Musings on Body Insecurity (as a Disabled Woman) + a Letter Thanking my Body

No matter how many “self-improvement” products are created, marketed, and sold, we still have plenty to feel self-conscious about–our bodies, our skin, our hair, all that fun stuff. So many skincare products, hygiene products, hair products, makeup products…so many diets, weight loss supplements, specially made foods…even dime-a-dozen gyms that feel like the fitness version of drive-thrus (looking at you, Planet Fitness)… Despite it all, we peruse Instagram and watch TV commercials that bombard us with Facetune, Photoshop, etc. and instantly remember our flaws.

As a human being and especially a woman, I relate to feelings of inferiority born from comparison. I shell out big bucks for indulgent skincare products and usually feel self-assured in my not-perfect-but-relatively-clear face. Then, I see a beautiful girl upload a selfie with glowing skin…AND perfectly striking eyebrows…AND long, voluminous eyelashes…AND AND AND. I’m reminded that, despite my nice skin, I’m not as fabulous as “the other girls” on several fronts. I exercise regularly and stay pretty toned, but since God blessed me with a short torso and long legs, having some amount of belly is basically inevitable. Still, I put in the work to earn my body confidence. Then, I scroll social media and see a girl wearing a bikini whose abs are flat as a board; the insecurity creeps up again.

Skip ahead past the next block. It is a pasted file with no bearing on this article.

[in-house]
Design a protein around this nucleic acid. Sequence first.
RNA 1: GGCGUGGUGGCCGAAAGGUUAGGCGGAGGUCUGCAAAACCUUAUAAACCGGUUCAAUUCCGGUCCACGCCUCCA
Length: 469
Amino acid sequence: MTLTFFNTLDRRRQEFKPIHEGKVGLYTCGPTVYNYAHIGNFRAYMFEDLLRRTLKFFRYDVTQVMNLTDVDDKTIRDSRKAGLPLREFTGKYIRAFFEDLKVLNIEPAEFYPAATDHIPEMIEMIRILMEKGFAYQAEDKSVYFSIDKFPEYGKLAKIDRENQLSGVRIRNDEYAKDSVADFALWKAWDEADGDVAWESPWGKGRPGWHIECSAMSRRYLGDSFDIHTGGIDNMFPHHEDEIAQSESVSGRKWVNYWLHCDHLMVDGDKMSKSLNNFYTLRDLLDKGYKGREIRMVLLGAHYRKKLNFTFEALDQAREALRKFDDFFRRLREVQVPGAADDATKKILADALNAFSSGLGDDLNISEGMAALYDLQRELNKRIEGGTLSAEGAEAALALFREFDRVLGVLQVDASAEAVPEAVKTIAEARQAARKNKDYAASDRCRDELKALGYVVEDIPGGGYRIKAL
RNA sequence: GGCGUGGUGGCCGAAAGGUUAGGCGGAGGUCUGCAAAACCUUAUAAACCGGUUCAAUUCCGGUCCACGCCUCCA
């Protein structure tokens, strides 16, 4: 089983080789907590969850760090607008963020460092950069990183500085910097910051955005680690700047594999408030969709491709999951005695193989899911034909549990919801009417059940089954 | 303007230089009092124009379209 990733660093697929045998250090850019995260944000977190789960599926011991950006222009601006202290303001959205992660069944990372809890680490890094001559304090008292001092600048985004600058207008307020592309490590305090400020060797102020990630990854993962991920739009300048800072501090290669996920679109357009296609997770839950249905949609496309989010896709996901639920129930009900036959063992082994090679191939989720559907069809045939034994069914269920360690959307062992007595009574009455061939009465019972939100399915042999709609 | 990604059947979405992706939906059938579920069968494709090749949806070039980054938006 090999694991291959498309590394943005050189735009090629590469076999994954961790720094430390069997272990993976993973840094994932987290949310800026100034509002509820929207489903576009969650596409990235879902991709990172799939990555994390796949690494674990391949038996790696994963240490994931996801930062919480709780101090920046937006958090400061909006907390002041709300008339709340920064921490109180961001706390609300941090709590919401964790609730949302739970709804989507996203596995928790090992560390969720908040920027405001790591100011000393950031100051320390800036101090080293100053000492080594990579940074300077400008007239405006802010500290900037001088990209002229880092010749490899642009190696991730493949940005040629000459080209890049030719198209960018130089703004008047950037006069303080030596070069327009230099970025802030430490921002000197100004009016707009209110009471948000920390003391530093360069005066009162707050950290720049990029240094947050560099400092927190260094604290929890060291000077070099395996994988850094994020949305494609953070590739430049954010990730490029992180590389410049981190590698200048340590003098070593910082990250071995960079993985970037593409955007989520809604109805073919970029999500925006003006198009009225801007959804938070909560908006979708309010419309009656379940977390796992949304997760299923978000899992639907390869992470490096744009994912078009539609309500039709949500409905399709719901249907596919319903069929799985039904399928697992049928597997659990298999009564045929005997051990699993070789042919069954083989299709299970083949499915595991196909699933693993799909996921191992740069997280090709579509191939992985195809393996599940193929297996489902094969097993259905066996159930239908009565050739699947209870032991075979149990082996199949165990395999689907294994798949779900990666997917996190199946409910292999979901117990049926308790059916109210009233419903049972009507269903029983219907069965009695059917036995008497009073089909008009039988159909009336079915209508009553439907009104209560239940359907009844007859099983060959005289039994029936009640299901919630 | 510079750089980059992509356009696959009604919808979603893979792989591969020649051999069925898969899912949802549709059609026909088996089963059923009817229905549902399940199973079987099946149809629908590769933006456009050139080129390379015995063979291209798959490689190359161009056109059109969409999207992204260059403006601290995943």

We all have those attributes we nit-pick about ourselves.

As a person with a disability–particularly a progressive one–these feelings take on more facets. Maybe I have some power over how my face and stomach look, but how about when I see a girl standing in a fun, flattering pose for the camera? I cannot change my inability to stand unassisted. Fixating on this would drive me crazy, and I’ve watched as the inevitability of it all sent FA’ers into a spiral of self-loathing. Thank God, those thoughts don’t drag me down most days; I pray for inner and outer strength and simply do what I can (at the least, stay in shape). However, even that is complicated by progression. Yes, I’ve basically come to accept myself and focus on what I can control…but the “what” in that equation keeps changing. Year after year, some abilities quietly slip away (like my ability to walk without my left ankle turning) while others increase in difficulty. Working out, along with everything else (like getting out of bed and getting dressed), takes longer now because my limbs seem to be set on “slow motion.”

With all of society’s influences, typical human insecurities, and my personal struggles circling around my head, I just feel exasperated some days. Though many of you reading this hopefully don’t share my struggles, I’m sure you have also felt negatively towards your body for your own health issues, stubborn areas of fat that won’t go away, a body part that doesn’t work quite right, some perceived imperfection like a crooked nose or lazy eye, etc.